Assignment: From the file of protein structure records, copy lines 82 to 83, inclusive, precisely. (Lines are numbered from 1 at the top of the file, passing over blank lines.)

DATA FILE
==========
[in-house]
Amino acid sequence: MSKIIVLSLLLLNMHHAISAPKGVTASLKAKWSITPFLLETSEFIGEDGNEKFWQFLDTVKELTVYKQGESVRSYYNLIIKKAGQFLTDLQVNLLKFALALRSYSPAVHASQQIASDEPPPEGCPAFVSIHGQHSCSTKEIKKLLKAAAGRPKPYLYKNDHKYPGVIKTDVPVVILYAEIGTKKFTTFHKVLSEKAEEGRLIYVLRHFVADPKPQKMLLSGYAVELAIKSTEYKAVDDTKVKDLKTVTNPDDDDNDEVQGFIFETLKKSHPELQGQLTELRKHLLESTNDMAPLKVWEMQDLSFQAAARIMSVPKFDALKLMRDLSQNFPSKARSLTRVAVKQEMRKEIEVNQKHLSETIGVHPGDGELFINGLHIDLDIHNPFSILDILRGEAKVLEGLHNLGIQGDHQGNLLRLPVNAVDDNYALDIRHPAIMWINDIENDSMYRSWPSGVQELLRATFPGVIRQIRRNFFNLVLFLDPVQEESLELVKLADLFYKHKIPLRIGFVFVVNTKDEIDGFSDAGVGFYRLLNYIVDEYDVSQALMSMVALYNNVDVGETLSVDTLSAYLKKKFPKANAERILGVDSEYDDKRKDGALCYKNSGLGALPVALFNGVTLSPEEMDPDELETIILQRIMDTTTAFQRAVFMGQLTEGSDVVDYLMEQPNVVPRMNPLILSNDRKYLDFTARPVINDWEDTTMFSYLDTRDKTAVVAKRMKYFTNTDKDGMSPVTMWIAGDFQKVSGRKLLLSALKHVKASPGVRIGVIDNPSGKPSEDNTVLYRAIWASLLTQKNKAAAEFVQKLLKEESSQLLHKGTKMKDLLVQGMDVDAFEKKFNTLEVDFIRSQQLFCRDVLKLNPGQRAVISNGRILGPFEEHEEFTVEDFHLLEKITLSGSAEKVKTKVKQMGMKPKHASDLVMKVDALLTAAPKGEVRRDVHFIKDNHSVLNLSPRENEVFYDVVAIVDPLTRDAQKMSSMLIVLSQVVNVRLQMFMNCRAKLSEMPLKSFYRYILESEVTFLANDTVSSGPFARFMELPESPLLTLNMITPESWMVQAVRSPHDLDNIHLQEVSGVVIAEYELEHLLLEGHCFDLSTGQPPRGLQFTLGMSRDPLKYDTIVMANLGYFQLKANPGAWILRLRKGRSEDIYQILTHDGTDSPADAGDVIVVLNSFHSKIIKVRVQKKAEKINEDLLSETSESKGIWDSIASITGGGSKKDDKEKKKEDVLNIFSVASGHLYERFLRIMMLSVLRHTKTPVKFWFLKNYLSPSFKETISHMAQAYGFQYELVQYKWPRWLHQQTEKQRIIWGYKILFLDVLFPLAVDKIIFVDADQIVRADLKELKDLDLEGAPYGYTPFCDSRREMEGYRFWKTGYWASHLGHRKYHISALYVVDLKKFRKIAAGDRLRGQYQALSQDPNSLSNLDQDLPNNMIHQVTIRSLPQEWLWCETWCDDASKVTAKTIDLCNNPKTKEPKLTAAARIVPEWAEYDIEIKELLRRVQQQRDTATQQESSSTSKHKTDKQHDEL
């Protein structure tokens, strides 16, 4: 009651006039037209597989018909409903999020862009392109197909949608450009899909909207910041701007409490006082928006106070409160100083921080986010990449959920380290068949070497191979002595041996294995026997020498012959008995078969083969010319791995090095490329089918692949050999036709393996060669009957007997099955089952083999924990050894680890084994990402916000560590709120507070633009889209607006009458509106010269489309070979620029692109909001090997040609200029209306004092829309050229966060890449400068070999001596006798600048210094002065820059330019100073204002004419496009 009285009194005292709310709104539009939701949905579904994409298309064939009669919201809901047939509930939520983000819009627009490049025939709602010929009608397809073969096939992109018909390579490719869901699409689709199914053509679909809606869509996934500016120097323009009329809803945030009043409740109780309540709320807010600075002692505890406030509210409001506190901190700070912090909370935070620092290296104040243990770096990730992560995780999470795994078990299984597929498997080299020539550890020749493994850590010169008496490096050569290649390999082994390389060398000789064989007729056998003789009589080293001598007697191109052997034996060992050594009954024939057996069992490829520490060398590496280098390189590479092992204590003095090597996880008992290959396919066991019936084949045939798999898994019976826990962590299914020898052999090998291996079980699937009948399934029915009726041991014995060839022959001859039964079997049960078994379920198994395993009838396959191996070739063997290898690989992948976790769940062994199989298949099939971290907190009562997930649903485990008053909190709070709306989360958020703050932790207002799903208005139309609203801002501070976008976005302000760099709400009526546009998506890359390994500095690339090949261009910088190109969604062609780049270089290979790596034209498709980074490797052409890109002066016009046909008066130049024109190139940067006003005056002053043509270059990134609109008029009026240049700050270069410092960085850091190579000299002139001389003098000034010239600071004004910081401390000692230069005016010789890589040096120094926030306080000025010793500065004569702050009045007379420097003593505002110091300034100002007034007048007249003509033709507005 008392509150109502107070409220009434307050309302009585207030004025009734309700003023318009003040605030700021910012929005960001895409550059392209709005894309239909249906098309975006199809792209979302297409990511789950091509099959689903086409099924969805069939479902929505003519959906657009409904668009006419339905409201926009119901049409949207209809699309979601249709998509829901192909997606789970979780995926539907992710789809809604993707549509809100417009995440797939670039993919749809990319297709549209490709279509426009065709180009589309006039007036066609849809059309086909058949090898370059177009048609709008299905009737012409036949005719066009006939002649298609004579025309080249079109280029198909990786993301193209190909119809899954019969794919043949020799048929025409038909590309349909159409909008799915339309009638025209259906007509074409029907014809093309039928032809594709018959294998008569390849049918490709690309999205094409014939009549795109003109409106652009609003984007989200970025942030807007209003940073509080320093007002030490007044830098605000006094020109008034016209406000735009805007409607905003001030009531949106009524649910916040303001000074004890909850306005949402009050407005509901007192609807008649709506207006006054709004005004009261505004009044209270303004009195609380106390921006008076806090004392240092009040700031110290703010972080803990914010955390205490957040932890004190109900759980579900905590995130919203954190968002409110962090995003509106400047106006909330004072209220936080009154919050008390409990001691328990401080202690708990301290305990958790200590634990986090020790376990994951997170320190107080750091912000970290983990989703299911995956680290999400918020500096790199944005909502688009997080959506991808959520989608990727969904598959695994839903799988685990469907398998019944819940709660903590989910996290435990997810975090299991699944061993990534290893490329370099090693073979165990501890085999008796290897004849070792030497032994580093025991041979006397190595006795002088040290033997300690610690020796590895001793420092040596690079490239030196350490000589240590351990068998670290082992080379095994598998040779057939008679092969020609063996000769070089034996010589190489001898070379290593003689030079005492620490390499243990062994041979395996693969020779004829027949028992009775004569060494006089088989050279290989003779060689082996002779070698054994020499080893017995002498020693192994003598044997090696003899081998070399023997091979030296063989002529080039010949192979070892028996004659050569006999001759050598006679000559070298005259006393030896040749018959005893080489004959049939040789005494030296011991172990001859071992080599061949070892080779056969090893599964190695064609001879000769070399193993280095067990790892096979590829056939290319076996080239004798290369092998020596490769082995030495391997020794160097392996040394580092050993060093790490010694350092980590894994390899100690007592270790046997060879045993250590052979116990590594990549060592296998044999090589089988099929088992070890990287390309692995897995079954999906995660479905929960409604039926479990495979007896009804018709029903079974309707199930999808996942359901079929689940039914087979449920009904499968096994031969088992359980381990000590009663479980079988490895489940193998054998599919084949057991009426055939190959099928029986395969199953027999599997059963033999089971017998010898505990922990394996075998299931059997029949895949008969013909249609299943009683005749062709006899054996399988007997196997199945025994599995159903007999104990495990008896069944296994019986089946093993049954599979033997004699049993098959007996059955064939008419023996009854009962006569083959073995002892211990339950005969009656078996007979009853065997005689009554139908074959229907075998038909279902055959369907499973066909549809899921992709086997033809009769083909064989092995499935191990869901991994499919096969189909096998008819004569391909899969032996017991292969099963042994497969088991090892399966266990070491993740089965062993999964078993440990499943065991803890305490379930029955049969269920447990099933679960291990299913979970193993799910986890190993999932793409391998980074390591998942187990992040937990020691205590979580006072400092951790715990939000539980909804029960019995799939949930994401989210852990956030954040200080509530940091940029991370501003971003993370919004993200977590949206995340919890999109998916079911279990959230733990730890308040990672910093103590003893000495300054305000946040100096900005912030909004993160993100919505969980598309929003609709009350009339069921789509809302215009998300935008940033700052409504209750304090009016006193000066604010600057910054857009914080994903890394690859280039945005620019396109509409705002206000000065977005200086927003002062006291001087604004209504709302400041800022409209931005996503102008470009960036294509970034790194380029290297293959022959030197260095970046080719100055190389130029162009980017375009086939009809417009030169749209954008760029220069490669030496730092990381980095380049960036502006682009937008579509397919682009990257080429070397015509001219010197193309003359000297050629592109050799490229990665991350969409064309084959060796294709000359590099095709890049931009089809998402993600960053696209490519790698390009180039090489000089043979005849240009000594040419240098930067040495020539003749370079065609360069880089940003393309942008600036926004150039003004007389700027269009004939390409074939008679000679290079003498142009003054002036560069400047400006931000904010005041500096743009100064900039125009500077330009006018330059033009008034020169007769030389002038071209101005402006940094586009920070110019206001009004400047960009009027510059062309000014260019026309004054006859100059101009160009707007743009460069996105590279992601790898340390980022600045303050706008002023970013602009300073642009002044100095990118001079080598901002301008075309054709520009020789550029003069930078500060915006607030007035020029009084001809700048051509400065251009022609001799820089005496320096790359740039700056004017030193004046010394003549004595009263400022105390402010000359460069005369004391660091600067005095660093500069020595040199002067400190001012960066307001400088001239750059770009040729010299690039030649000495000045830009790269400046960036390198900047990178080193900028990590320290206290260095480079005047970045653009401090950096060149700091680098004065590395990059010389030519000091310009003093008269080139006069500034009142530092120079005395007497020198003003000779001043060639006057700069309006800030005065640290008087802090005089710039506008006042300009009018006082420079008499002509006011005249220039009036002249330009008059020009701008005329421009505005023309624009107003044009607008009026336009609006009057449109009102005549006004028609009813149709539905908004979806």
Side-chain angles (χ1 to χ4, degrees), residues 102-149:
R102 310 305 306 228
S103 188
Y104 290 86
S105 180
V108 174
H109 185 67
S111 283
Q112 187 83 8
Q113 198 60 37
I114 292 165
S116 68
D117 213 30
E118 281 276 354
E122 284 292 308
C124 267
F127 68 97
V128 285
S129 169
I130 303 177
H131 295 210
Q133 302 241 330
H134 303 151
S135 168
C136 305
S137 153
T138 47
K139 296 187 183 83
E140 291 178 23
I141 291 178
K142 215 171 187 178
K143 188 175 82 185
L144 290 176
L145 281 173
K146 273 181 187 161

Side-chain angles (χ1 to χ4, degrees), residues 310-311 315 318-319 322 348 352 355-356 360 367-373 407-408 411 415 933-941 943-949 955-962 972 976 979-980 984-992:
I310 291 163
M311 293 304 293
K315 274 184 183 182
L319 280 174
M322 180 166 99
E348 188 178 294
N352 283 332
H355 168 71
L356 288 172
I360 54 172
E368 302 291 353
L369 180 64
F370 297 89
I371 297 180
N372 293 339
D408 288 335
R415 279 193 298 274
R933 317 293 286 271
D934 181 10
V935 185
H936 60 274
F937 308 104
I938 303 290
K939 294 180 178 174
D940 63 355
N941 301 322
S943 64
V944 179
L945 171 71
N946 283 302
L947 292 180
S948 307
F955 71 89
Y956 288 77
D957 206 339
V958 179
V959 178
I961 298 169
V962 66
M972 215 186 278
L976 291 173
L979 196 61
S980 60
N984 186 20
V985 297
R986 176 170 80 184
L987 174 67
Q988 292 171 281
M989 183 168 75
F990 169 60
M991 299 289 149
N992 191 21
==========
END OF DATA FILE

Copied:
S980 60
N984 186 20